“He was a good footballer and probably still is. Within a few weeks I put him in as captain. He was brave, winning every header and every tackle, and driving on his teammates, more through steely determination than being a loud character. When you had Hugo captaining, coaching and managing was fairly easy because he did a lot of that for you.

“At under-17s we ran a tournament in Deerpark and he said to me, a little sheepishly, that it would probably be his last year as he wanted to make the Blackrock SCT. He definitely could have gone on to play for UCD but it’s probably the best decision he ever made.”

Making strides

Meantime, Keenan only made the 14Cs in second year in Blackrock, and didn’t play Junior Cup, before making strides in fifth year and breaking into the first team in his last year.

“He was small,” says his father, “and in the bigger schools size matters and age matters, and he went to school young. Hugo has always been fast and was a pretty good footballer, and I think football was good for his footwork in rugby.

“In fifth year they do a 10-a-side at the beginning of the year and afterwards the coach, James English, asked Hugo what position he played. Hugo said outhalf but English reckoned he’d make a good ‘15’. That year he pretended to both of them (Blackrock and Mount Merrion) that he wasn’t playing both of them. He’d wash his legs and go and play the other one.”

In Blackrock the then athletics coach, Dave Sweeney, said he could further improve the youngster’s speed.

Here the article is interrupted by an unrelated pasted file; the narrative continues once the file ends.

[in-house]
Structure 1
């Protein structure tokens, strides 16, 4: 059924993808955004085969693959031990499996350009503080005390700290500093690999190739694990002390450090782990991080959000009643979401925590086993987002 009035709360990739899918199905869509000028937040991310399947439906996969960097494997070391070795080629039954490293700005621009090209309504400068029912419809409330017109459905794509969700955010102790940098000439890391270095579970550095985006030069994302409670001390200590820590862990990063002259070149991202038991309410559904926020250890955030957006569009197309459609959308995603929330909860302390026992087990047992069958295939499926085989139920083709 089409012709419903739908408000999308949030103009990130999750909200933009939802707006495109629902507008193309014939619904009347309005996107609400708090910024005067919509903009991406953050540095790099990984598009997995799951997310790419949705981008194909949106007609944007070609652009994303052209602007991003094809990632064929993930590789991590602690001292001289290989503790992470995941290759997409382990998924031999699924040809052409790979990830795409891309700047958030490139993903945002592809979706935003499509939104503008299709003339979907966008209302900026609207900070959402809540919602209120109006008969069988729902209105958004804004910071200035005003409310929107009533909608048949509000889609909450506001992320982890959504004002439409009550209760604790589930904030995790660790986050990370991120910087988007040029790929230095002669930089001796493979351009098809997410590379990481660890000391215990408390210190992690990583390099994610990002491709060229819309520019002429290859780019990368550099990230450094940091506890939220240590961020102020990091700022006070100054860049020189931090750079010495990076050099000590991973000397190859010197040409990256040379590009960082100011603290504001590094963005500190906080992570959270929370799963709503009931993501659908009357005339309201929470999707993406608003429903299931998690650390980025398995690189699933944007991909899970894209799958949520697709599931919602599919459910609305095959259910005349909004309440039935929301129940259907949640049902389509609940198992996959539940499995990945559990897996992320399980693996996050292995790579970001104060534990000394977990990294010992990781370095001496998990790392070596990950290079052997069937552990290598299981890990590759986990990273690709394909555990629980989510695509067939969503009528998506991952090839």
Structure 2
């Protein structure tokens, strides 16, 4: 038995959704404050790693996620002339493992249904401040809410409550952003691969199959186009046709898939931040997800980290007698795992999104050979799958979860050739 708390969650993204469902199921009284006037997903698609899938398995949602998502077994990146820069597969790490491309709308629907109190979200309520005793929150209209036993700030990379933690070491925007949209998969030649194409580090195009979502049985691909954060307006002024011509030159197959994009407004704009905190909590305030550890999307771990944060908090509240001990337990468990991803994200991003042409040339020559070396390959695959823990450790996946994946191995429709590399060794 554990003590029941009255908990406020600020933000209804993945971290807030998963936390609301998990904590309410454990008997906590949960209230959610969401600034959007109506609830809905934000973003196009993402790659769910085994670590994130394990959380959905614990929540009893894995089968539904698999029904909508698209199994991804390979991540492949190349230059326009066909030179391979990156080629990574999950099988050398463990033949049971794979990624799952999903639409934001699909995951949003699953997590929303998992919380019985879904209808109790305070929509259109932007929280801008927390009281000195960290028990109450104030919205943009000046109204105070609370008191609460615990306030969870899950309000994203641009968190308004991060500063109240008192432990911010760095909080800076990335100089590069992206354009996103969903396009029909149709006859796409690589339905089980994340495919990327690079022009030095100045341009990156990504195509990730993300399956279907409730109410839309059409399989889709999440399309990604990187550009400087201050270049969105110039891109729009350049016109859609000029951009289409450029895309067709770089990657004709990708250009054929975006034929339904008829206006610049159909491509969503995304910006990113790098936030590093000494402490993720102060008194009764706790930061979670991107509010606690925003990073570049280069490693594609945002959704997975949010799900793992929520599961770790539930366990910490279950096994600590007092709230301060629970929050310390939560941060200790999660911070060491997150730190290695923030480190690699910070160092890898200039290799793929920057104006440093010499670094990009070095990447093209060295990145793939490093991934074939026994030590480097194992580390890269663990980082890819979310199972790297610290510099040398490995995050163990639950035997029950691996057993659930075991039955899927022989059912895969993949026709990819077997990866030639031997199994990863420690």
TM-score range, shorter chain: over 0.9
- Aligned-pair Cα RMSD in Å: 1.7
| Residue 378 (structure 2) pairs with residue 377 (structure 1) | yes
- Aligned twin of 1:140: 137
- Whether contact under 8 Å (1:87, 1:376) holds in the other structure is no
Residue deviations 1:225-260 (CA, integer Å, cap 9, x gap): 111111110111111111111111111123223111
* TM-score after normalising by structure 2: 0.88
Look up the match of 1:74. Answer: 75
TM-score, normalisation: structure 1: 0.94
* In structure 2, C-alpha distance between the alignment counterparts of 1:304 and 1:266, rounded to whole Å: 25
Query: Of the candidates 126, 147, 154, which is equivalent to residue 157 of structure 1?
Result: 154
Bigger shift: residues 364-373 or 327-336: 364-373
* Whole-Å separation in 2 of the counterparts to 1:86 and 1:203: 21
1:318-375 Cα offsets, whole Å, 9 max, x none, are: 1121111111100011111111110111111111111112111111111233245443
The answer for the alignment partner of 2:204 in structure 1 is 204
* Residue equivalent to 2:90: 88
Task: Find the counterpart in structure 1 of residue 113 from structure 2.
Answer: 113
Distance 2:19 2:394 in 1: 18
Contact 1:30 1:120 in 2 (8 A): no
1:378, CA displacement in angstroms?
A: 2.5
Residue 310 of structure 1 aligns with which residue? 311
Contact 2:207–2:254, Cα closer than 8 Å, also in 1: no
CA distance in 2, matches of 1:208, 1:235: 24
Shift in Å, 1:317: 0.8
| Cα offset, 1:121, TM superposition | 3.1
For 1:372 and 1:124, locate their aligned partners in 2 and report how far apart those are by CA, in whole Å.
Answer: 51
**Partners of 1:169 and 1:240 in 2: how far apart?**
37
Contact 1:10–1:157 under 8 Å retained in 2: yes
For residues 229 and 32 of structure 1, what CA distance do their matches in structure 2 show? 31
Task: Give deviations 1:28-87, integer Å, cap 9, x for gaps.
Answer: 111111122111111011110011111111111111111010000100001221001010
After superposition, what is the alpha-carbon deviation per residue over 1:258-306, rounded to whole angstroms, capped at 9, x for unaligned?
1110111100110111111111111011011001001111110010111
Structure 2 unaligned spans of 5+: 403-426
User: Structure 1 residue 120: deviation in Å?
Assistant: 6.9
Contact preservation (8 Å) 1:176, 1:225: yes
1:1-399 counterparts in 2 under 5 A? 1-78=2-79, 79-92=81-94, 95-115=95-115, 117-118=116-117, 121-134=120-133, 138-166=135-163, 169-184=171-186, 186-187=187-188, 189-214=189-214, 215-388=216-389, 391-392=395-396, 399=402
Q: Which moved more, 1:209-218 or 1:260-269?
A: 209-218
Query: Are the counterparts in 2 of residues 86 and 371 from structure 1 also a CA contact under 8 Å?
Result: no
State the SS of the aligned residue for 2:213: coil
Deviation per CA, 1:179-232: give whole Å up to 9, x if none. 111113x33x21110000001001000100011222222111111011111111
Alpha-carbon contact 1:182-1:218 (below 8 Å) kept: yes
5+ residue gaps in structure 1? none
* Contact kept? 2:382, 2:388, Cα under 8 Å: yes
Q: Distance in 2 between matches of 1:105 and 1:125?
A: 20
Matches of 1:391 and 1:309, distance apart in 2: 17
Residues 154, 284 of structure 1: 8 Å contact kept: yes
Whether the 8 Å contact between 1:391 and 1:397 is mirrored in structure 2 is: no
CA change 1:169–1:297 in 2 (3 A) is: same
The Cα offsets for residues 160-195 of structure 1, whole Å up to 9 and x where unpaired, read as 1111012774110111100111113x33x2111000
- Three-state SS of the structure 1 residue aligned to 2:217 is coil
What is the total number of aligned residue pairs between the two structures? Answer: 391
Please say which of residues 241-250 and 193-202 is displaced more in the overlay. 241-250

“During that summer Hugo trained every day, doing athletics and explosive power, and on the first day back Peter Smyth (the SCT coach) saw him and forecast he would be the squad’s bolter. Hugo doesn’t mind hard work,” says his dad approvingly.

With Joey Carbery at fullback, Keenan played on the wing in a team featuring Caelan Doris, Nick Timoney, Conor Oliver and Jeremy Loughman, beating Clongowes in the final.

Smyth, who is now the IRFU’s head of elite player development, says “once you put Hugo’s name on the team sheet you knew what was coming”. Describing him as an innate footballer, Smyth cites a try Keenan scored as a turning point in the final.

“That was him. He had the ability to turn up and do important things at important times. From a midfield scrum we broke right and (outhalf) Jack Power put him away. He half broke a tackle and scored under the sticks.

“Every level he’s got to he’s excelled. He’s been able to keep pushing forward the whole time,” says Smyth, who observes of Keenan’s relatively late development. “You see it the whole time. Some of it is to do with growth spurts. There are so many different factors at play as to why a guy comes through when he does.”

Staging post

Another key staging post was Hugh Hogan picking Keenan on the Leinster Under-19 and under-20 teams, before playing in Division 1A of the All-Ireland League with UCD in the 2016-17 season.

“He was always a very good footballer, a good reader of the game, very brave, has great footwork and a fair amount of pace,” says the UCD director of rugby Bobby Byrne.

“He played on the wing and at fullback for us, so he’s quite versatile. He’s got an innate sense of where to be, and has a really good football brain. I don’t ever remember him having a poor game.

“Maybe physically, when he came out of school, you mightn’t have imagined him making it to this level. But he’s really developed in the last two years, and I think the Sevens was a major factor in that.”

Blackrock’s Keenan goes over for a try against Clongowes in the Leinster Schools Senior Cup final in 2014. Photograph: Colm O’Neill/Inpho
Blackrock’s Keenan goes over for a try against Clongowes in the Leinster Schools Senior Cup final in 2014. Photograph: Colm O’Neill/Inpho

A key player in the Ireland Sevens programme for over two years, Keenan’s father and the Sevens coach, Anthony Eddy, also believe exposing him to high-pressure games in front of big crowds was the making of him, akin to the Leinster flanker Will Connors and the Munster fullback Shane Daly amongst others.